Every year, millions of cats and dogs enter shelters in the United States and are euthanized simply because there are not enough homes for them all. Shelters and low-cost spay/neuter organizations are working hard to combat the homeless pet crisis as spaying and neutering is the most effective tool in eliminating unnecessary pain, suffering and death.
Spaying and neutering aids in curbing the animal overpopulation and has medical and behavioral benefits as well! According to the ASPCA, there are many benefits to spaying and neutering, and there a number of myths and rumors circulating about these live saving procedures.
MYTH: Spaying and neutering will cause my pets to gain weight.
FACT: Lack of exercise and overfeeding will cause your pet to gain weight. Your pet will remain fit and trim as long as you continue to provide exercise, monitor their food intake and cut back on the treats — which are full of empty calories.
MYTH: Neutering will cause behavioral changes.
FACT: Unneutered cats and dogs are more likely to mark their territory by spraying strong-smelling urine in your home. Unneutered dogs also tend to “mount” other dogs and people as they attempt to establish dominance. These behaviors may change when your pet is sterilized.
Neutering can help to prevent aggression problems or undesirable behaviors caused by higher levels of testosterone. It is important to remember that there are no guarantees that spaying and neutering will completely eliminate these behaviors, especially after they have already started and become habitual. The effects of spaying and neutering are largely dependent on your pet’s individual personality, physiology and history.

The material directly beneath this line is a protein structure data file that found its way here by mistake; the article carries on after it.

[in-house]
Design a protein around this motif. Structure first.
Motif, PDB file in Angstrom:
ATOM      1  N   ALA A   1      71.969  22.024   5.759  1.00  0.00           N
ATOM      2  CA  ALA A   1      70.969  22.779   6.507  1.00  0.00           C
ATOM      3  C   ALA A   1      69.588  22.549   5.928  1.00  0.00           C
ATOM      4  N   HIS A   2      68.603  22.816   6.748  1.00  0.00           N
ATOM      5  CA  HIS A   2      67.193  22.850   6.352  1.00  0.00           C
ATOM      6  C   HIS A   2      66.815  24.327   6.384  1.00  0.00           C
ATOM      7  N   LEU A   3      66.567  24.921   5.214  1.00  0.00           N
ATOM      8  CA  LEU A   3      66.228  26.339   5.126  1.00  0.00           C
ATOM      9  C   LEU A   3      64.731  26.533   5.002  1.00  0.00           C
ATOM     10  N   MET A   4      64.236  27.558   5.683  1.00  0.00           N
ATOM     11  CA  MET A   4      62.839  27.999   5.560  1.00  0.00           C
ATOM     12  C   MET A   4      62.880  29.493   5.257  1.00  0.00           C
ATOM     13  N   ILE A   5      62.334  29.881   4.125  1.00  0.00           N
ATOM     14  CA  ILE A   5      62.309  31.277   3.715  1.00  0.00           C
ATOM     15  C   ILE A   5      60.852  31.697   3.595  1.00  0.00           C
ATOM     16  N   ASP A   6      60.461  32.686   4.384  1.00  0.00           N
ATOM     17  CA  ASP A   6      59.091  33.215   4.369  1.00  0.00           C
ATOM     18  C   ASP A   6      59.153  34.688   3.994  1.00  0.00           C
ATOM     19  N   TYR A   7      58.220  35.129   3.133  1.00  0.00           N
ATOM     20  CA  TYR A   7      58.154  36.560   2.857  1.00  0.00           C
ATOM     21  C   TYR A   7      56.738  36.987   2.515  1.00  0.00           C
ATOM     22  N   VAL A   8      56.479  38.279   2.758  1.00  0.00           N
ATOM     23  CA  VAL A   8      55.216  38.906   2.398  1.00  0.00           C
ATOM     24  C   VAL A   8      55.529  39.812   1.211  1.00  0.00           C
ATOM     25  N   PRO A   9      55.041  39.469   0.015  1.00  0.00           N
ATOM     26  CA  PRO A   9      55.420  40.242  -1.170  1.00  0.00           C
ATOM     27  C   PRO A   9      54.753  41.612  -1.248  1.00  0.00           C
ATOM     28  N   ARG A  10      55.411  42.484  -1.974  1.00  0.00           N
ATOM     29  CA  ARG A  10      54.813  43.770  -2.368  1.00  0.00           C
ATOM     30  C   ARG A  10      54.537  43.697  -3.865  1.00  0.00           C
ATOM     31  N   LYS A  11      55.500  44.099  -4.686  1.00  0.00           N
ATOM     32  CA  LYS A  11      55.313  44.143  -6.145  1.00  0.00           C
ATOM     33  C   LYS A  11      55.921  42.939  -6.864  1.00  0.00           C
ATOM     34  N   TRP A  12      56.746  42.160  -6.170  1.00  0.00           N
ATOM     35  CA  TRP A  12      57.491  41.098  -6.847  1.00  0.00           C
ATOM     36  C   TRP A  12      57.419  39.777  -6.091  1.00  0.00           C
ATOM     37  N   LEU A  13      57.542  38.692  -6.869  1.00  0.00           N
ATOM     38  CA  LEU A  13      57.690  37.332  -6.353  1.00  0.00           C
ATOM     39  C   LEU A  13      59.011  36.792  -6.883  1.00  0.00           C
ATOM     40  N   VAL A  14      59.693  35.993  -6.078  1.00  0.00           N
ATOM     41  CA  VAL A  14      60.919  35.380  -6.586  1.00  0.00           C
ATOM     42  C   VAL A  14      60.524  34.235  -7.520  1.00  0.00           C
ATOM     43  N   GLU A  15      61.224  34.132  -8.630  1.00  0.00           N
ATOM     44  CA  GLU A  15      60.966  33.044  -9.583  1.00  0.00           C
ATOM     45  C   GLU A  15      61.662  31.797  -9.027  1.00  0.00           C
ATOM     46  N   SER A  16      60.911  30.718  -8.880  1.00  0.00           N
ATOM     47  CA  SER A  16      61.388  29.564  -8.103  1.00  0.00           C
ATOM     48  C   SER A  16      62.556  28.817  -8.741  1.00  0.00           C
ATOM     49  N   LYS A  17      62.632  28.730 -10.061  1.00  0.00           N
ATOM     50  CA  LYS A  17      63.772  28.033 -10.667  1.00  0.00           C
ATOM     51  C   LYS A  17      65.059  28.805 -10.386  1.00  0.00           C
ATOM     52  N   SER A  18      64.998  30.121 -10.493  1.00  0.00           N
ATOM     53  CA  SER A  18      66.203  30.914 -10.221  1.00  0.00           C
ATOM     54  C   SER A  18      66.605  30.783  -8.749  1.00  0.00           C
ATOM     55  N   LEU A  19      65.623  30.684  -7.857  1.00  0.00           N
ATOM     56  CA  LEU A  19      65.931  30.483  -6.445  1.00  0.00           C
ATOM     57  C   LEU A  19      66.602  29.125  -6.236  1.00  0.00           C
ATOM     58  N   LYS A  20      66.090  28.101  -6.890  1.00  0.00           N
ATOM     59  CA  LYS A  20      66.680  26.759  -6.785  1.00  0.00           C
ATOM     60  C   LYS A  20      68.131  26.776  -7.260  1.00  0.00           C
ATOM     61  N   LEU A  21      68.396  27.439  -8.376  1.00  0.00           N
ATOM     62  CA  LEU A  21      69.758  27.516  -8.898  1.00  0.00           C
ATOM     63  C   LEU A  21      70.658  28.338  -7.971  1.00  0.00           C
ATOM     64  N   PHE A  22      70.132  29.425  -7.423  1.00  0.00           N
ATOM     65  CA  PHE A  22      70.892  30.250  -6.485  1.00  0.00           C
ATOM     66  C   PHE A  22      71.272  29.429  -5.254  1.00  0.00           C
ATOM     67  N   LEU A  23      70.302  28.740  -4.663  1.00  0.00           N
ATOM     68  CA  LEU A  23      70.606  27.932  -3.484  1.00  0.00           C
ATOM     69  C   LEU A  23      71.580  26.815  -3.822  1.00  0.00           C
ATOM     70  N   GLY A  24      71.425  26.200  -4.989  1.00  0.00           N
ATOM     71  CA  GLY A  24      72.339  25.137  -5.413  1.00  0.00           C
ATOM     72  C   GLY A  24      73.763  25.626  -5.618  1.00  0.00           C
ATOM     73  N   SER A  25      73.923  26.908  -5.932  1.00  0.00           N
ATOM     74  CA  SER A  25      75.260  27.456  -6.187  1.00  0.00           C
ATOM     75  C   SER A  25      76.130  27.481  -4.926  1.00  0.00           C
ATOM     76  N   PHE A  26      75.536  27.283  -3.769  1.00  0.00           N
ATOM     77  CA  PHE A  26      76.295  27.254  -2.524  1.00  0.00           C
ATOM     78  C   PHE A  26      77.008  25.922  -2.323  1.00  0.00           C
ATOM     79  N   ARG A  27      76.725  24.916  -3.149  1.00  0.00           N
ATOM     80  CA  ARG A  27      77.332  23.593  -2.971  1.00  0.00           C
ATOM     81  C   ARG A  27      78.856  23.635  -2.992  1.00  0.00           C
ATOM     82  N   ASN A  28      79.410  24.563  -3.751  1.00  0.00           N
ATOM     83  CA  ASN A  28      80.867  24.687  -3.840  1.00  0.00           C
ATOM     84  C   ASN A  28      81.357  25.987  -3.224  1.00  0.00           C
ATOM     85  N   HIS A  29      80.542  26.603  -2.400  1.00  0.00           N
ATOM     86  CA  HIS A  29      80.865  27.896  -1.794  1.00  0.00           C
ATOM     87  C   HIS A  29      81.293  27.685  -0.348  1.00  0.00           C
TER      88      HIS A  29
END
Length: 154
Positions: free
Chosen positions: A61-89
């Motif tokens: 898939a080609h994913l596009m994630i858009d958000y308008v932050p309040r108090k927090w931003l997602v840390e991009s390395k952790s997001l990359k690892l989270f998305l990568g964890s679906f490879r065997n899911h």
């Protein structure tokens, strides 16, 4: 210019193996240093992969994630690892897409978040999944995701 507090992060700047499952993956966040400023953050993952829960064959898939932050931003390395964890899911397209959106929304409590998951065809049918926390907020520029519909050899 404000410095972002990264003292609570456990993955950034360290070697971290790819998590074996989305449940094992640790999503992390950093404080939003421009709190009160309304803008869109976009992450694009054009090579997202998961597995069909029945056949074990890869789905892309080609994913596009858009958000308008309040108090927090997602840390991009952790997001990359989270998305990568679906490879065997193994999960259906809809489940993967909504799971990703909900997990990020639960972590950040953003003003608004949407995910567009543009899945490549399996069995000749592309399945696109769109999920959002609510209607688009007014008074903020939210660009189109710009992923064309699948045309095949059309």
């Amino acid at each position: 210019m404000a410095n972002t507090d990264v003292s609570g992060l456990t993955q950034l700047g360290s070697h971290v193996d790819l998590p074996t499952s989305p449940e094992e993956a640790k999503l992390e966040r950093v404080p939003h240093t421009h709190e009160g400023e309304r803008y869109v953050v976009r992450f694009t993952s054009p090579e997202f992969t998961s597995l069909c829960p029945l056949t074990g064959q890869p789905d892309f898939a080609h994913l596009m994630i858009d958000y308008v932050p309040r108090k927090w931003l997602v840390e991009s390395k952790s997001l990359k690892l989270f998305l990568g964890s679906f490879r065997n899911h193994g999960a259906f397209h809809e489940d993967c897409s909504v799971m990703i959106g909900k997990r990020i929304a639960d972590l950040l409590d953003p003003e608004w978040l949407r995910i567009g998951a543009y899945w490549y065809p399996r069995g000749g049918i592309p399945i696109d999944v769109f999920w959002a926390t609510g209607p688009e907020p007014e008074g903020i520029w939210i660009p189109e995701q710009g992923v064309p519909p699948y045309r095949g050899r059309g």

MYTH: Spay/neuter operations are expensive.
FACT: The cost of your pet’s spay/neuter surgery is far less than the cost of having and caring for a litter, treatment of cancers and other illnesses that our pets can suffer from due to not being spayed or neutered. Plus, the Humane Society of Imperial County and other local organizations offer low-cost spay and neuter services within our community.
MYTH: Spaying and neutering is unhealthy for pets.
FACT: Quite the opposite! Neutering your male cat or dogs prevents testicular cancer and some prostate problems. Spaying helps prevent uterine infections and mammary tumors which are cancerous in about 50 percent of dogs and 90 percent of cats.
Spaying females will also eliminate them from developing pyometra which is an infection in the uterus. The uterus becomes inflamed and filled with pus due to hormonal imbalances from constantly coming in and out of heat. Pyometra is extremely painful and can go misdiagnosed for a long time. If caught too late, it can be fatal. Spaying and neutering pets will help them live longer, happier and healthier lives!
MYTH: Neutering will make my pet feel like less of a male.
FACT: Pets do not have any concept of ego or sexual identity and neutering a pet will not change that. What might change, however, is that your male dog will be less likely to roam from home in search of a mate. An unaltered male will do just about anything to find a “girlfriend,” including finding extremely clever ways of escaping the house or yard. Once he’s free to roam, he risks injury or death by being hit by a car or from fights with other male dogs.
Spayed female pets will not go into heat. Female cats usually go into heat four to five days every three weeks during breeding season. In an effort to let suitors know that she’s “available,” she will yowl and urinate more frequently — sometimes all over the house!
It is clear to that spaying and neutering our pets have more pros than cons, and it will help in preventing or controlling unwanted behaviors, and it eliminates unnecessary pain and suffering. Most importantly, spaying and neutering will keep our pets where they belong — at home surrounded by the people who love them.
Devon Apodaca is executive director of the Humane Society of Imperial County.